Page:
'Iran withdraws elite Qods Force brigade from Syria'

'The Sunday Times' reports Iran has withdrawn 275 members of elite brigade from Syria in face of domestic economic crisis.

Iran revolutionary guards_390 (photo credit: Raheb Homavandi/Reuters)
Iran revolutionary guards_390
(photo credit: Raheb Homavandi/Reuters)
Iran has withdrawn 275 members of its elite Qods Force from Syria in the face of its domestic economic crisis, The Sunday Times reported on Sunday.
The members belong to a brigade known as Unit 400, which fought alongside Syrian President Bashar Assad against Sunni rebels, the report quoted a western intelligence officer as saying. According to The Times, the unit flew out of Syria last week. The report added that the information was confirmed by a relative of a Unit 400 officer.
The withdrawal of Iranian troops from Syria was seen by some as an indicator of waning confidence among Iran’s Shi’ite leaders in Assad’s ability to survive the uprising.
According to The Times, there have been loud complaints about an estimated $5 billion of Iranian money spent to prop up the Assad regime in Damascus.
There are signs that Iran’s oil wealth, which pays for its nuclear program and support for Assad, is eroding. Iran faces new sanctions for failing to cooperate with Western concerns about its nuclear program, and the sanctions are taking its toll, evident in the fall in the value of the rial and soaring food prices.
Last week, Finance Minister Yuval Steinitz predicted that Iran's economy is edging towards collapse due to international sanctions over its controversial nuclear program.
"The sanctions on Iran in the past year jumped a level," Steinitz said. "The Iranians are in great economic difficulties as a result of the sanctions," he added.
A Foreign Ministry document leaked last week also said sanctions had caused more damage to Iran's economy than at first thought and ordinary Iranians were suffering under soaring inflation.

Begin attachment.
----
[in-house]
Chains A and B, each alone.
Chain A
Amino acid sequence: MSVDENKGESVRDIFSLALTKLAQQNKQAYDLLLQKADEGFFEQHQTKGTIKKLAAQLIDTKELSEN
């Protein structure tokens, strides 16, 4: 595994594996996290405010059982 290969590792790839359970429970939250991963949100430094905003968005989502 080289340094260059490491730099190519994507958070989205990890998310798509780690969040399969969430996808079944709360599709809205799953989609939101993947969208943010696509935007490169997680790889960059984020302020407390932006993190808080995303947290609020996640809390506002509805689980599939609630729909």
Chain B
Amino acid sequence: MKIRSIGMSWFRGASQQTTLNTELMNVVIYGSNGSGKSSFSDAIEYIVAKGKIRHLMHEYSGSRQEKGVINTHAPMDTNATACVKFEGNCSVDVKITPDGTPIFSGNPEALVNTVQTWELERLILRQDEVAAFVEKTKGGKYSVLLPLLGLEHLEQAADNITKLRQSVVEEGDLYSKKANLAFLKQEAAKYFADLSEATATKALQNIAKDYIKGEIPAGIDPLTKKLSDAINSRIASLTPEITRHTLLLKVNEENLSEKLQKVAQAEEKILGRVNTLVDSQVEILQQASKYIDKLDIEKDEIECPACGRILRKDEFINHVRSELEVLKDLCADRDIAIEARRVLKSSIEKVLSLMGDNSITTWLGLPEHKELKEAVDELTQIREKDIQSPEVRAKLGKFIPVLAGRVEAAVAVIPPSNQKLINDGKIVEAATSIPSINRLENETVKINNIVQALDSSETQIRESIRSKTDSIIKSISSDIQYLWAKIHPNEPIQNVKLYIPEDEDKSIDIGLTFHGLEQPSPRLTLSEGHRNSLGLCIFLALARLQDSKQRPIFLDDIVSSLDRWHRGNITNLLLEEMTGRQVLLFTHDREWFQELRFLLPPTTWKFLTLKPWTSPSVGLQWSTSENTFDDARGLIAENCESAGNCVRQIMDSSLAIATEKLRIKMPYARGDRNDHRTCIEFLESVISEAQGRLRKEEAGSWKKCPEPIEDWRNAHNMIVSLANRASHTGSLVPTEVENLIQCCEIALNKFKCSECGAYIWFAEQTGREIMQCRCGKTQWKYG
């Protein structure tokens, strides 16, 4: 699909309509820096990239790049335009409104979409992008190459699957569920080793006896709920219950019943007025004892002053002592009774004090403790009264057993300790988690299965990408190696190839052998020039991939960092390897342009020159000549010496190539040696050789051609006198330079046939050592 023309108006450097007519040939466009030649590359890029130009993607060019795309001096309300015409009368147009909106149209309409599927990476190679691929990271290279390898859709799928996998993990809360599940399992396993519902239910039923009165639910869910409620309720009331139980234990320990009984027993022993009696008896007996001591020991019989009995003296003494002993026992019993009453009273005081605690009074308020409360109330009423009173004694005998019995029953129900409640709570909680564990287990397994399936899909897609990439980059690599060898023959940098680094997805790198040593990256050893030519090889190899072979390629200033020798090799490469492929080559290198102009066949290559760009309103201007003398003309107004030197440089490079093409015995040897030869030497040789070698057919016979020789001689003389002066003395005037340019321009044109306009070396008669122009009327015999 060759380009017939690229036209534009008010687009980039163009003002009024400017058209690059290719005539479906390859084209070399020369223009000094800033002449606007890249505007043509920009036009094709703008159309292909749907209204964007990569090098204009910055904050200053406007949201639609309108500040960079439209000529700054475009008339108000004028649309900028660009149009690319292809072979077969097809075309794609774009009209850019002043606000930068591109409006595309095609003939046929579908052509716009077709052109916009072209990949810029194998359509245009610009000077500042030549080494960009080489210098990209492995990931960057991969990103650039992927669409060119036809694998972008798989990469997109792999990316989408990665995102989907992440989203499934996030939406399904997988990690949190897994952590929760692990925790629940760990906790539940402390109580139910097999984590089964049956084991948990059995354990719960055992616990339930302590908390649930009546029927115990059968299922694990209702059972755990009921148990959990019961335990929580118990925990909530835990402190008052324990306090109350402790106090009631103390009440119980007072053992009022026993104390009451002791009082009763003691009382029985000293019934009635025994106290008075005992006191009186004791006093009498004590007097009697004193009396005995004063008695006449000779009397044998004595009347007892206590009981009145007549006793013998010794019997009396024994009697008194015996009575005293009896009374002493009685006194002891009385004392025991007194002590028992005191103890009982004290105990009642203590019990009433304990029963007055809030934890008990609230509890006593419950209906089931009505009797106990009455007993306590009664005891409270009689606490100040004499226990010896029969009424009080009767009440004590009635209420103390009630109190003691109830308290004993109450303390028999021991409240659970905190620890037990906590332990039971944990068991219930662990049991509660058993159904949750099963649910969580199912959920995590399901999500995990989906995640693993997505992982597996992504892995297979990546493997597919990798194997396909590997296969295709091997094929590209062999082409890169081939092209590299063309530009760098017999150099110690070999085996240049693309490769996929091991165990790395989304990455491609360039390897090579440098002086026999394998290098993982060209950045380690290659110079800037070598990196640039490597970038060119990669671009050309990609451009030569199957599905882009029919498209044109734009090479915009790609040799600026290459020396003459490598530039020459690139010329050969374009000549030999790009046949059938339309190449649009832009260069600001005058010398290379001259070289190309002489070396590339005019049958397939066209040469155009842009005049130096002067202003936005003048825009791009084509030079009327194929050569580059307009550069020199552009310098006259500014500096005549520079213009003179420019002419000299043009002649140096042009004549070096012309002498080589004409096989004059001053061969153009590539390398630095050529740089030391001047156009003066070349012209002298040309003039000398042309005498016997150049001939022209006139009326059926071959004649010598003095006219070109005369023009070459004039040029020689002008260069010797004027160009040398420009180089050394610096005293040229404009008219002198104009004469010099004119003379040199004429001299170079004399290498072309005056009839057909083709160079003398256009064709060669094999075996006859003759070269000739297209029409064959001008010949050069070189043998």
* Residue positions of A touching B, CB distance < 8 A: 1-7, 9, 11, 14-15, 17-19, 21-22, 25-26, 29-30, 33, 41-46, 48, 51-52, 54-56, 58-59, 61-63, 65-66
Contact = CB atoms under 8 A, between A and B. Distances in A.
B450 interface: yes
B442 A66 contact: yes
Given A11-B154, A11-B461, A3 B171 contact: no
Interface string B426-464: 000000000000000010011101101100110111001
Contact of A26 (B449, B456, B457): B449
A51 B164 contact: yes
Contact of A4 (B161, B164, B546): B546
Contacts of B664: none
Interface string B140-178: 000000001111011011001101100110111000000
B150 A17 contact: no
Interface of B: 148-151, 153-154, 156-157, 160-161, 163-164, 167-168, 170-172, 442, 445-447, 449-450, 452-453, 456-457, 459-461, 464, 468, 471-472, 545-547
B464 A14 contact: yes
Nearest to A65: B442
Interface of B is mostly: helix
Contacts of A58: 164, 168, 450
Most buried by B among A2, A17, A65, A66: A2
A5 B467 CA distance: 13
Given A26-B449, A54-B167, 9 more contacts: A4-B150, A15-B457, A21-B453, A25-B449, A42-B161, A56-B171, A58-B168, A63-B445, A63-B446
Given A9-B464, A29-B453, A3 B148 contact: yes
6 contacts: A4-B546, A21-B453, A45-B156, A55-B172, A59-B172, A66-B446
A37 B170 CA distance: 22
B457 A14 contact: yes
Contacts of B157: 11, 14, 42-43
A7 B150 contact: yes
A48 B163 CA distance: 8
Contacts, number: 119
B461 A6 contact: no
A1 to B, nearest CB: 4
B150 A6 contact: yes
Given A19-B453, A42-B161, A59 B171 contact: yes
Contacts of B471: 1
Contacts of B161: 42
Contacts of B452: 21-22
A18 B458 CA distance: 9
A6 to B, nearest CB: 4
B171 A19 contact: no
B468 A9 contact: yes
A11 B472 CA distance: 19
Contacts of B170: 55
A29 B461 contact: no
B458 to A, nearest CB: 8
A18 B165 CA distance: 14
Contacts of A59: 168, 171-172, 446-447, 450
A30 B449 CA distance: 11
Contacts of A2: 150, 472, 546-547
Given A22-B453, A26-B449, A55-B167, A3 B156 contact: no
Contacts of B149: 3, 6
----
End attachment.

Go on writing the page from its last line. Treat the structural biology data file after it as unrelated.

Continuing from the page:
On Saturday, US Defense Secretary Leon Panetta warned Iran that the international community is ready to impose more sanctions if the country does not begin to address concerns about its nuclear program.
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The first official acknowledgement from a senior military commander that Iran has a military presence on the ground in Syria came last month. Commander-in-chief of the Iranian Revolutionary Guard Corps (IRGC) Mohammad Ali Jafari admitted: "A number of members of the Qods Force are present in Syria."
However, he denied the existence of on the ground assistance, stating, "the IRGC is giving intellectual help and even financial assistance but there is no military presence."
"We all have a responsibility to support Syria and not allow the line of resistance to be broken," Fars news agency, which claims to be independent but which is widely known to have close ties to Iran's Revolutionary Guards, quoted Hossein Taeb, the intelligence unit head, as saying.
Following the admission, Western members of the UN Security Council blasted Iran for providing Assad with weapons to help him crush an 18-month-long uprising by rebels determined to topple his government.
"Iran's arms exports to the murderous Assad regime in Syria are of particular concern," US Ambassador to the United Nations Susan Rice told the 15-nation council during a meeting on the world body's Iran sanctions regime.
A UN Security Council panel of independent experts that monitors sanctions against Iran has uncovered several examples of Iran transferring arms to Syria's government. Damascus has accused Qatar and Saudi Arabia of arming rebels determined to topple Assad's government.